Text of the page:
The decision of the acting editor of the Sunday Times Martin Ivens to apologise personally to the Board of the Deputies of British Jews for publishing a cartoon in his newspaper lampooning Israeli Prime Minister Benjamin Netanyahu is a searing example of the double standards of Western media on racial and religious issues. While it’s within the ethical obligations of a publication to make amends for unscrupulously hurting the sensibilities of a group or an individual, it also falls within the realm of media impartiality that this rule be applied uniformly and without favour or prejudice. The Sunday Times action begs another question: Would it act equally remorsefully if the cartoon had lampooned an Arab, African or Asian leader and invited the same ferocious reaction?
Gerald Scarfe’s cartoon published at the weekend depicts Israeli leader Benjamin Netanyahu paving a wall with the blood and bodies of Palestinians. The cartoon shows a glowering Netanyahu wielding a blood-splattered trowel, screaming Palestinians into the wall’s structure.
Jewish symbols, practices and beliefs enjoy a certain sanctimoniousness and immunity in American and European media which is denied to both Islam and Christianity. Christian beliefs and symbols are excoriated the most, and seldom attract opprobrium, except from the religious authorities. This can be attributed to two factors: first, the long, solid secular traditions of the West which have seen large swaths of population drifting away from religious beliefs, and second, their unflinching adherence to principles of media freedom. But anti-semitism is a phantom of dinosaurian dimensions which Jewish lobbies invoke to scare Western media, which cower at the slightest mention of the word.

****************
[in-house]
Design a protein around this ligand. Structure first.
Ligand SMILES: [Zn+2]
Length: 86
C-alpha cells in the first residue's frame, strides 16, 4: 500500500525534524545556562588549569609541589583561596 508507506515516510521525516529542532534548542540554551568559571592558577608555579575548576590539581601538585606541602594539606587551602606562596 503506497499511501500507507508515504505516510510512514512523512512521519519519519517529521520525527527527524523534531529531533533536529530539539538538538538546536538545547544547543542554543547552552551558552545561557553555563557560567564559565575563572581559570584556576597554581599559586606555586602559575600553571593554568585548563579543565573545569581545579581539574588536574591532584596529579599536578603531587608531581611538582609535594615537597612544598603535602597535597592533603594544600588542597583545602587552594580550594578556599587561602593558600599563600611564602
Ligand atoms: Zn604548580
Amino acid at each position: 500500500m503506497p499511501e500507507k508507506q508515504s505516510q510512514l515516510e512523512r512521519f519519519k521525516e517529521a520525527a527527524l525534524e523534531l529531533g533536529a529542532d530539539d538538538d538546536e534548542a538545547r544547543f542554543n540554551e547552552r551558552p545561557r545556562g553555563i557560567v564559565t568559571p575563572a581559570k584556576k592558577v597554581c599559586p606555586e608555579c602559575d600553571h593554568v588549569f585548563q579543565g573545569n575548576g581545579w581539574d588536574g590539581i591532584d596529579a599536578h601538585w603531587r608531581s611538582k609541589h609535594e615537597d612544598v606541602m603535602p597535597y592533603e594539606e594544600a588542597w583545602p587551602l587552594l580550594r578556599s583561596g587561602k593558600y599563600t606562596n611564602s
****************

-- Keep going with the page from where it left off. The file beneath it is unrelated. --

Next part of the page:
At the same time, Muslims’ belligerent reaction to alleged insults stems from a lack of comprehension of Western ethos and the presence of lumpen elements in the community, who take to the streets at the slightest provocation.
The Sunday Times defended itself at first and issued a statement saying it was “a typically robust cartoon aimed squarely at Mr Netanyahu and his policies, not at Israel, let alone at Jewish people.” But the apology represents a somersault, an admission that it has erred egregiously. The fact is that Scarfe’s drawing is an unadulterated representation of the truth, the reality on the ground, which has been reported in its chilling detail by the global media. By succumbing to the collective pressure of the Israeli government and Jewish organisations, the Sunday Times has crawled when it wasn’t even expected to bend.
Scarfe deserves kudos for daring to maul Netanyahu in a newspaper owned by pro-Jewish Rupert Murdoch. It’s not yet known what price the cartoonist will have to pay for exercising the freedom of expression. Murdoch himself has apologised on Twitter for what he described as a grotesque, offensive cartoon. If he hasn’t, he wouldn’t be living up to his image.